Woodson, age 4 (left), recovery from severe malnutrition, takes hold of his brother Djeff (Age 1 year)

When we talk about why it's important to do everything we can to save the lives of children with malnutrition, we can't forget about the best friends they would leave behind. And when we talk about ending the cycle of malnutrition, we can't forget about the younger siblings who benefit from our efforts. 

On siblings who recover from malnutrition together, and their younger siblings...

Walky (age 3) and Alandine (age 5) are two recent Second Mile graduates. When they arrived at the Center, both were acutely malnourished. Their younger brother Marvens was not. The family received support at a critical time. The 6 month old baby is still breastfeeding, but soon he will transition to complimentary foods (like porridge and pureed vegetables), and eventually he won't be breastfeeding at all. It is in these transition periods that children are at most risk for malnutrition. But you see, our program hasn't forgotten about him either. Because of the education she received, his mother understands his needs during critical periods like introducing new foods and weening. Empowered with knowledge, she can move through these stages with confidence.

mother and 3 children

On older siblings who visit the Center...

It's not just the little siblings who benefit from what a mother learns during the education classes. 

Older siblings have certainly made their fair share of appearances at the center, even if it's just for a visit. Lala is a mother of 11 who has given birth to 4 sets of multiples. While she was at the center she received daily visits from her second eldest daughter, 19 year old Kettlie. Their home was situated close enough to the center that Kettlie and two of 12 year old siblings (none of whom were in school) could make the daily 4 mile (RT) trek to Second Mile Haiti. While the main purpose for her visits were to help her mother and spend time with her siblings, she could regularly be seen, listening to education classes, and even participating in them.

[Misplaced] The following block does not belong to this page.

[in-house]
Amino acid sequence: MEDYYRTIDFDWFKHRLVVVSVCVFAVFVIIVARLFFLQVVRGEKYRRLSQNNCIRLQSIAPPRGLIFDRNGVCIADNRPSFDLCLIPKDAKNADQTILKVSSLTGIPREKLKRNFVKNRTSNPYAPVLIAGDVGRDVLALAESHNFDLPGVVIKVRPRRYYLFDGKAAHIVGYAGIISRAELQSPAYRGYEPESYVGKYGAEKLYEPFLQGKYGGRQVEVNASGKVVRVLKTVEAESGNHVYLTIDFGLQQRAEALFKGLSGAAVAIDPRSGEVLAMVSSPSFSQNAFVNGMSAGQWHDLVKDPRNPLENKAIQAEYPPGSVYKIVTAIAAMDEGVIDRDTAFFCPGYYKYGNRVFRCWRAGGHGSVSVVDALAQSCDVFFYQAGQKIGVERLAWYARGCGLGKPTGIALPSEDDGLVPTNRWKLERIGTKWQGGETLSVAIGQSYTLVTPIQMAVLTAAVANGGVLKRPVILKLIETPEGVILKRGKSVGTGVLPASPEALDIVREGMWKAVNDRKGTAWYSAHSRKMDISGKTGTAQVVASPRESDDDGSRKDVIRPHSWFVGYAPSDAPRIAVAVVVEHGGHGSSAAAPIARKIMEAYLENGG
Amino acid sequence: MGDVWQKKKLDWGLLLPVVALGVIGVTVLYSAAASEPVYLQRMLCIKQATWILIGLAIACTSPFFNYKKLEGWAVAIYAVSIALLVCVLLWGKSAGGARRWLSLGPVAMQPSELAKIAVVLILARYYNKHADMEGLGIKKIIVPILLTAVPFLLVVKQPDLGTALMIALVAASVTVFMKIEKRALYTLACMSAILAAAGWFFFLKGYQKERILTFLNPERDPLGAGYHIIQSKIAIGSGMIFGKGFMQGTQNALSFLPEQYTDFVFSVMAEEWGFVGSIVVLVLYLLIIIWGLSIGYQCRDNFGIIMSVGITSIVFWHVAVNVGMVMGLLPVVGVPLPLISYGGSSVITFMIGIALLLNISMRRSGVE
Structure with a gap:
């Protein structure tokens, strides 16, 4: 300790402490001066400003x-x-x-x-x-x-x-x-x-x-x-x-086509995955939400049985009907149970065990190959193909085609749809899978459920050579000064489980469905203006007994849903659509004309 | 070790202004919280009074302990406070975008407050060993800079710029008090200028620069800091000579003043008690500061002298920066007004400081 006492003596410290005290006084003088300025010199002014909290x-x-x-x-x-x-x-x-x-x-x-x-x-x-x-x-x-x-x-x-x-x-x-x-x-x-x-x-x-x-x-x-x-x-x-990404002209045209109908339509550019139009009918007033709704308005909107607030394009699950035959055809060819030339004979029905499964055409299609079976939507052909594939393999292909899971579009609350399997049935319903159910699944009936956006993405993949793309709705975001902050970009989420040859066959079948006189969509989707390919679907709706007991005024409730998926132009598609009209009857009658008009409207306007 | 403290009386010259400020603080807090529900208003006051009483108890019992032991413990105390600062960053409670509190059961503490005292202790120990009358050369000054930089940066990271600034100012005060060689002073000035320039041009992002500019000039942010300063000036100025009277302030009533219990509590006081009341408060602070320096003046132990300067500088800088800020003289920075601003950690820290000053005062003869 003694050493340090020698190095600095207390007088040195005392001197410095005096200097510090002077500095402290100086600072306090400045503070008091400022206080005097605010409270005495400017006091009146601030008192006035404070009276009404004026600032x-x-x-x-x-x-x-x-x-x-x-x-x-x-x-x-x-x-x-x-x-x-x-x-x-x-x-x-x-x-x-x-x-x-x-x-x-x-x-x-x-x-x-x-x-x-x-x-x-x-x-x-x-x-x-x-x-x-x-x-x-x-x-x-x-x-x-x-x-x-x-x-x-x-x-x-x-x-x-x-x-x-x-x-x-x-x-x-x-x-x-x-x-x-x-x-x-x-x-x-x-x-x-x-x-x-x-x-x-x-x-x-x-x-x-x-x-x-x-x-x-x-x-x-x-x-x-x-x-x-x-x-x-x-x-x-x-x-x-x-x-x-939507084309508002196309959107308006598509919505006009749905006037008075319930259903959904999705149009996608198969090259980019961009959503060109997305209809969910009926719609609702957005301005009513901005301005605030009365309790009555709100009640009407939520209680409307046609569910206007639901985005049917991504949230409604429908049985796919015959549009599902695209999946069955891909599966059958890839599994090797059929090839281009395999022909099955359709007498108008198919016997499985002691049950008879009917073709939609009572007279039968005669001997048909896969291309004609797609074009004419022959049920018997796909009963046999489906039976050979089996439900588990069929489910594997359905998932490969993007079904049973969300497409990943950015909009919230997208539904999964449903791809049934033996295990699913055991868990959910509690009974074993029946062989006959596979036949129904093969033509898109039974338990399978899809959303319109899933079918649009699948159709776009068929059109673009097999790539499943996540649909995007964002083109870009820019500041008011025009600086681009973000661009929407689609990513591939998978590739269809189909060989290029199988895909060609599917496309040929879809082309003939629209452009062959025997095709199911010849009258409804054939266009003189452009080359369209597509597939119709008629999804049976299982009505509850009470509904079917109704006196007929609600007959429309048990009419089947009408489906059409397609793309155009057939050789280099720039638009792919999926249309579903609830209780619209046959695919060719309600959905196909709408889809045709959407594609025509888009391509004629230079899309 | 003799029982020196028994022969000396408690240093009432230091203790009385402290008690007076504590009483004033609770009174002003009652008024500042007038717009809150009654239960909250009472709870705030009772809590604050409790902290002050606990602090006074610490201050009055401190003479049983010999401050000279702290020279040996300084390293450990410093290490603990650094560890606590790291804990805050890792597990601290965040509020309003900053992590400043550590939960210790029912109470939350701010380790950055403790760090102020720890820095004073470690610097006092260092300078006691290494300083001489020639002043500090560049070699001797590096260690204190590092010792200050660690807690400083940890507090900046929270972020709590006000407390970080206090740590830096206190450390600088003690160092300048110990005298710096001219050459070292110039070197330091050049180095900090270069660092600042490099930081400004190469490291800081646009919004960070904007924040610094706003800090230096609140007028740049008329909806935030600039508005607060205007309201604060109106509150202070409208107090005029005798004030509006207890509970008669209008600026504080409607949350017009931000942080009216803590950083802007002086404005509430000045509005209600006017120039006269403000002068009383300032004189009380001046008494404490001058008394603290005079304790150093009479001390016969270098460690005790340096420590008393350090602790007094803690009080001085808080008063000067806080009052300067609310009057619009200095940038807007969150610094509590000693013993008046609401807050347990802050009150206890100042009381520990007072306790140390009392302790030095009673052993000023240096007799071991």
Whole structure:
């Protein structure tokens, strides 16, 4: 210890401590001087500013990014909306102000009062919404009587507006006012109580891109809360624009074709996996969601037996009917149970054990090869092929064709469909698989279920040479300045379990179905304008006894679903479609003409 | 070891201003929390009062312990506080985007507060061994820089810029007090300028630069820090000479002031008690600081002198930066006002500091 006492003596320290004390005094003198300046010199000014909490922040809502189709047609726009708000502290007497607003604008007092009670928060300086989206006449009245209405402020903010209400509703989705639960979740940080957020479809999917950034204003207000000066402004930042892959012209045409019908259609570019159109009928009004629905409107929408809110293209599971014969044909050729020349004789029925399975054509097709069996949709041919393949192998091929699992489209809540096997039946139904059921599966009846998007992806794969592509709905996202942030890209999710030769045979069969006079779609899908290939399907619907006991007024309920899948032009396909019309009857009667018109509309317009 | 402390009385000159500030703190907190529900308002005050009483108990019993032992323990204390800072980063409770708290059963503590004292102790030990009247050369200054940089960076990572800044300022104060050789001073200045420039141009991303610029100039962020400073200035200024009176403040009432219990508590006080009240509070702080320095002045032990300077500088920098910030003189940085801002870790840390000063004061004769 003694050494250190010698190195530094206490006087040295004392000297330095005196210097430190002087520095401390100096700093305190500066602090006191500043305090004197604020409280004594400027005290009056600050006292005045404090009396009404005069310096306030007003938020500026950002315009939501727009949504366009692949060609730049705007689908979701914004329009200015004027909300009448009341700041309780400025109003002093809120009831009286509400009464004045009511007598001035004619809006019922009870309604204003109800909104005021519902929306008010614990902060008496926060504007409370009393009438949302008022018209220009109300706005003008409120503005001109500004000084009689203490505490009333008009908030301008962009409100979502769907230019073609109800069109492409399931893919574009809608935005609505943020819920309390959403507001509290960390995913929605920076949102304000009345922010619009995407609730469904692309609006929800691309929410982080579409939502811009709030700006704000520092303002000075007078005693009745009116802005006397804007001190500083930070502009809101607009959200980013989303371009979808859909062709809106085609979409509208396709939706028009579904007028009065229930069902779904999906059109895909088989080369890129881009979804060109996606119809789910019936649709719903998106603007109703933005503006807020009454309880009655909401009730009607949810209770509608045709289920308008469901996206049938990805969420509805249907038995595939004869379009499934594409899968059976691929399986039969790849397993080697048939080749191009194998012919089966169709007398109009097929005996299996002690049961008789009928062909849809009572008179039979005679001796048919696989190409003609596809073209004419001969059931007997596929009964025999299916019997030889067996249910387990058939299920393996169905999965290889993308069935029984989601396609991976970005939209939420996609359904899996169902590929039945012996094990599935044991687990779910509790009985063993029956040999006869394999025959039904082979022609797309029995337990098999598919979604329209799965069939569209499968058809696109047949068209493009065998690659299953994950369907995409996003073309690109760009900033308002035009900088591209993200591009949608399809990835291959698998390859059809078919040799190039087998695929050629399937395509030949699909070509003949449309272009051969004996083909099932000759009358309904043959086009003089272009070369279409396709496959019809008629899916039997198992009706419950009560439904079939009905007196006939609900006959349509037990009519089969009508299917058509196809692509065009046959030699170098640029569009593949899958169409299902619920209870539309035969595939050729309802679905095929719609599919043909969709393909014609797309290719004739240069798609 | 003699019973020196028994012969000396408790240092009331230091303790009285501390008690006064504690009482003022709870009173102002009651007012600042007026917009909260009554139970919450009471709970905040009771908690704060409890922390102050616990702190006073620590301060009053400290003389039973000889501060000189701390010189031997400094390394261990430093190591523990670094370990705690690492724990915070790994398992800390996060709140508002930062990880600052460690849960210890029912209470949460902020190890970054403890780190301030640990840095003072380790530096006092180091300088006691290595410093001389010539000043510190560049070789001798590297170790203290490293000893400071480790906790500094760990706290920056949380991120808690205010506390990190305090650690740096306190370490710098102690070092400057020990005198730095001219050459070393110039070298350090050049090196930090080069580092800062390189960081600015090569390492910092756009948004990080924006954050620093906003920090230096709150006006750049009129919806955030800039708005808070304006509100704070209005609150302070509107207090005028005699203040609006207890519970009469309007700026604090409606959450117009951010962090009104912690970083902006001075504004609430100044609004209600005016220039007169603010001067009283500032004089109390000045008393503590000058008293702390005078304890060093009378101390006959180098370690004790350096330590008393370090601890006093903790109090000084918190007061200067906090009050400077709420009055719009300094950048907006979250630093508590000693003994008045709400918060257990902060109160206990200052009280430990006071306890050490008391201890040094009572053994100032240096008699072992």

Kettlie participates in a hand washing activity using "Glo-Germ"

Kettlie participates in a hand washing activity using "Glo-Germ"

Another older brother (brother to a family of 3 former Second Mile graduates) was caught sneaking a read from the education booklet over Dad's shoulder.

And we can't forget about the older siblings who help take care of the family (and look out for other siblings) while their mother is at Second Mile Haiti.  This young man, brother to Emanise and Mirlanda, stayed home to help his dad take care of a younger brother while his mom was at Second Mile Haiti with his two malnourished sisters. When the girls graduated from the program and transitioned to follow-up, he couldn't wait to come see where his sisters had been.

He gets major sibling points for the many times he helped his mother bring his sisters for follow-up visits. 

Kids needs parents, it's true.

They also need friends, advocates, and role models. Siblings often fill these roles and they fill them well.

These kids and young adults should be celebrated and supported. Certainly, they should never be forgotten. 

Use the comments to tell us what your siblings mean to you.

Learn more about how you can help. 

Share if you LOVE your siblings!